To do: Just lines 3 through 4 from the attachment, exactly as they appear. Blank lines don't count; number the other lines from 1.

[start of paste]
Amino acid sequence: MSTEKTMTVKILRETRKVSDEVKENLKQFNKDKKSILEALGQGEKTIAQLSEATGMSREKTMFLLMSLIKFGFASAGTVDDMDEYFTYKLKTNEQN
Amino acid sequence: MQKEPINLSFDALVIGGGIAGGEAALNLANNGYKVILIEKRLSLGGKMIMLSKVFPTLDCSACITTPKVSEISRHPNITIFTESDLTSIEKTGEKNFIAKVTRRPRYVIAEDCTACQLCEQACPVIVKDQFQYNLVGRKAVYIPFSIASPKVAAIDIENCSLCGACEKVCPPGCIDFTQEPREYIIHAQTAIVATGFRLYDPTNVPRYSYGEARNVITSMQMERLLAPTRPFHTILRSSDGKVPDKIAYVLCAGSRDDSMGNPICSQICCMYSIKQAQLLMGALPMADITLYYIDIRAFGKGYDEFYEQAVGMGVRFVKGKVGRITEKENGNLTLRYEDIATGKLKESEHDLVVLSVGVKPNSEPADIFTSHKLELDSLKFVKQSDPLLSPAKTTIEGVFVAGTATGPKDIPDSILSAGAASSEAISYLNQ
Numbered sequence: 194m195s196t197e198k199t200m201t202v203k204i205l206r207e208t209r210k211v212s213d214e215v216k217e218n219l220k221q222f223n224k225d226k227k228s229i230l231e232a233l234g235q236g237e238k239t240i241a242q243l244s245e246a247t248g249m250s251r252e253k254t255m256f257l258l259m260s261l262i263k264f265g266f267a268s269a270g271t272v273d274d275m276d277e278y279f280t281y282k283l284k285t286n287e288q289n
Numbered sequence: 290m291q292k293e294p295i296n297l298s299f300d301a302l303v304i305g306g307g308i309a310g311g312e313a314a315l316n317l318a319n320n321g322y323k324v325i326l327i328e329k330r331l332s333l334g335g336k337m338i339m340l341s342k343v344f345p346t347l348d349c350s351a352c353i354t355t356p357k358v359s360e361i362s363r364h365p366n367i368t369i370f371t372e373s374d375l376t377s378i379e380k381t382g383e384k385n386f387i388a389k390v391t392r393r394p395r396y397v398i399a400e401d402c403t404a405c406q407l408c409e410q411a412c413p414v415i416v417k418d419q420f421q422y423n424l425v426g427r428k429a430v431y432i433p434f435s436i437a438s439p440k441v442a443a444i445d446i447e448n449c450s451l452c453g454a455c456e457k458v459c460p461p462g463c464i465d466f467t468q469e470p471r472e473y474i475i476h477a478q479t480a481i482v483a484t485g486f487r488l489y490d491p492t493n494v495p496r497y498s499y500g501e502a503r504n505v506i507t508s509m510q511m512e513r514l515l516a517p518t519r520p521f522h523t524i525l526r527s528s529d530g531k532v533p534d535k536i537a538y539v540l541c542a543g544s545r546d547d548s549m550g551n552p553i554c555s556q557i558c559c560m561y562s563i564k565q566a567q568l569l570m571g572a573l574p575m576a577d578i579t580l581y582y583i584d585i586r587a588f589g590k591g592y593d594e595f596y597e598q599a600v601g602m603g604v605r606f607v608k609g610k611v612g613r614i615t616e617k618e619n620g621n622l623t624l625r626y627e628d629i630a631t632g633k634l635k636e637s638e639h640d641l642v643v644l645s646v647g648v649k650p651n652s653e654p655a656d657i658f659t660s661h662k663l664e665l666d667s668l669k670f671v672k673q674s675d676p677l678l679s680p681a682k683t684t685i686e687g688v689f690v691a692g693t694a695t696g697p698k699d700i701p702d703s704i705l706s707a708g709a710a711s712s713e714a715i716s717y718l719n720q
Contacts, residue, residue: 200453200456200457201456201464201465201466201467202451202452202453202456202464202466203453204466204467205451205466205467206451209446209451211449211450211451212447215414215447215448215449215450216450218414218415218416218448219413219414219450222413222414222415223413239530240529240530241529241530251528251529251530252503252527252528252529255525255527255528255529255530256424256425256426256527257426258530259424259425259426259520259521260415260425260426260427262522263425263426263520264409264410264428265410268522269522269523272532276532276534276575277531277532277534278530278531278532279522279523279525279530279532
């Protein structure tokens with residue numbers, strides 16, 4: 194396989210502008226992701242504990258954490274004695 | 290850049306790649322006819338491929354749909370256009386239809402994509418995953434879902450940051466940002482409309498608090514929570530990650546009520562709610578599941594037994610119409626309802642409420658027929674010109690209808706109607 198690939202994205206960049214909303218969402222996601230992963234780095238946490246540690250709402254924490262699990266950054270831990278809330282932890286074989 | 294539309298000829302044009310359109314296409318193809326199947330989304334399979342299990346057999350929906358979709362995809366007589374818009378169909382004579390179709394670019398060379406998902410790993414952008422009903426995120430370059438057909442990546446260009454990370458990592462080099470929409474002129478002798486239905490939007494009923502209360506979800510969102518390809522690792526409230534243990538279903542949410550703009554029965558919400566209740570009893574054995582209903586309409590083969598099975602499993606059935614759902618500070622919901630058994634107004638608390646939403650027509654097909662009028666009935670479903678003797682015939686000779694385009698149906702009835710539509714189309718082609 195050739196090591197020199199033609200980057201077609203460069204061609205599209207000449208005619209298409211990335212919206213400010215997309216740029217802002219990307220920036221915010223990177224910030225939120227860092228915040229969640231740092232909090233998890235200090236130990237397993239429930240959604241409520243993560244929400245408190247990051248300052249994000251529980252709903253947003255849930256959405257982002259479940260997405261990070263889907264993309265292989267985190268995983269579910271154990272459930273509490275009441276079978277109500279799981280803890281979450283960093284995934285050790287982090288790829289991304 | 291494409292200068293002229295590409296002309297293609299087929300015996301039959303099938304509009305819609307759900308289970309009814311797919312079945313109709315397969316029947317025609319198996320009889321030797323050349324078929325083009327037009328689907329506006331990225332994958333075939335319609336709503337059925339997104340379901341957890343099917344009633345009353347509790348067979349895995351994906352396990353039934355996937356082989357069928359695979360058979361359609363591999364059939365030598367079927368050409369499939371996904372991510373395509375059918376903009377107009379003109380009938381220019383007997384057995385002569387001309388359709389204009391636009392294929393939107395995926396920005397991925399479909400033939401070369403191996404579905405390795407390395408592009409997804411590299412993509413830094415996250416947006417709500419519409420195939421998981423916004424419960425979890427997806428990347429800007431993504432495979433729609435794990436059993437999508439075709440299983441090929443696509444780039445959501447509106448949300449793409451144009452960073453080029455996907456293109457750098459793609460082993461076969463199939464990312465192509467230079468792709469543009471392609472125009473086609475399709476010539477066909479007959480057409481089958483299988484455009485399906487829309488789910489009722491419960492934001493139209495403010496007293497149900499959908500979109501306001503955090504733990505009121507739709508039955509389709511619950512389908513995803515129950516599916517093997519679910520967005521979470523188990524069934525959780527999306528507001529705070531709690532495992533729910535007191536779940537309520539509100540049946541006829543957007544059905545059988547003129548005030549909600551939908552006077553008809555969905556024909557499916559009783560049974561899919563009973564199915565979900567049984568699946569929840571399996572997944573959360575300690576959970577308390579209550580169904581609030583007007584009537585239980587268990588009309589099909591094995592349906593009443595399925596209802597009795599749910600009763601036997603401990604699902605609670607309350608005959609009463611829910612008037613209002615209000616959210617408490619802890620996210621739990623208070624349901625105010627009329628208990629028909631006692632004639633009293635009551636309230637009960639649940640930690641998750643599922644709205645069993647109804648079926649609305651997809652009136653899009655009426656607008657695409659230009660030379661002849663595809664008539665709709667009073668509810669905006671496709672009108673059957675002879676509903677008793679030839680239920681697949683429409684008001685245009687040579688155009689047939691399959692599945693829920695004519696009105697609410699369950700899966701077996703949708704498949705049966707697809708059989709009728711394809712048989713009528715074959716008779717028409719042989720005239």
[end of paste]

Numbered sequence: 194m195s196t197e198k199t200m201t202v203k204i205l206r207e208t209r210k211v212s213d214e215v216k217e218n219l220k221q222f223n224k225d226k227k228s229i230l231e232a233l234g235q236g237e238k239t240i241a242q243l244s245e246a247t248g249m250s251r252e253k254t255m256f257l258l259m260s261l262i263k264f265g266f267a268s269a270g271t272v273d274d275m276d277e278y279f280t281y282k283l284k285t286n287e288q289n
Numbered sequence: 290m291q292k293e294p295i296n297l298s299f300d301a302l303v304i305g306g307g308i309a310g311g312e313a314a315l316n317l318a319n320n321g322y323k324v325i326l327i328e329k330r331l332s333l334g335g336k337m338i339m340l341s342k343v344f345p346t347l348d349c350s351a352c353i354t355t356p357k358v359s360e361i362s363r364h365p366n367i368t369i370f371t372e373s374d375l376t377s378i379e380k381t382g383e384k385n386f387i388a389k390v391t392r393r394p395r396y397v398i399a400e401d402c403t404a405c406q407l408c409e410q411a412c413p414v415i416v417k418d419q420f421q422y423n424l425v426g427r428k429a430v431y432i433p434f435s436i437a438s439p440k441v442a443a444i445d446i447e448n449c450s451l452c453g454a455c456e457k458v459c460p461p462g463c464i465d466f467t468q469e470p471r472e473y474i475i476h477a478q479t480a481i482v483a484t485g486f487r488l489y490d491p492t493n494v495p496r497y498s499y500g501e502a503r504n505v506i507t508s509m510q511m512e513r514l515l516a517p518t519r520p521f522h523t524i525l526r527s528s529d530g531k532v533p534d535k536i537a538y539v540l541c542a543g544s545r546d547d548s549m550g551n552p553i554c555s556q557i558c559c560m561y562s563i564k565q566a567q568l569l570m571g572a573l574p575m576a577d578i579t580l581y582y583i584d585i586r587a588f589g590k591g592y593d594e595f596y597e598q599a600v601g602m603g604v605r606f607v608k609g610k611v612g613r614i615t616e617k618e619n620g621n622l623t624l625r626y627e628d629i630a631t632g633k634l635k636e637s638e639h640d641l642v643v644l645s646v647g648v649k650p651n652s653e654p655a656d657i658f659t660s661h662k663l664e665l666d667s668l669k670f671v672k673q674s675d676p677l678l679s680p681a682k683t684t685i686e687g688v689f690v691a692g693t694a695t696g697p698k699d700i701p702d703s704i705l706s707a708g709a710a711s712s713e714a715i716s717y718l719n720q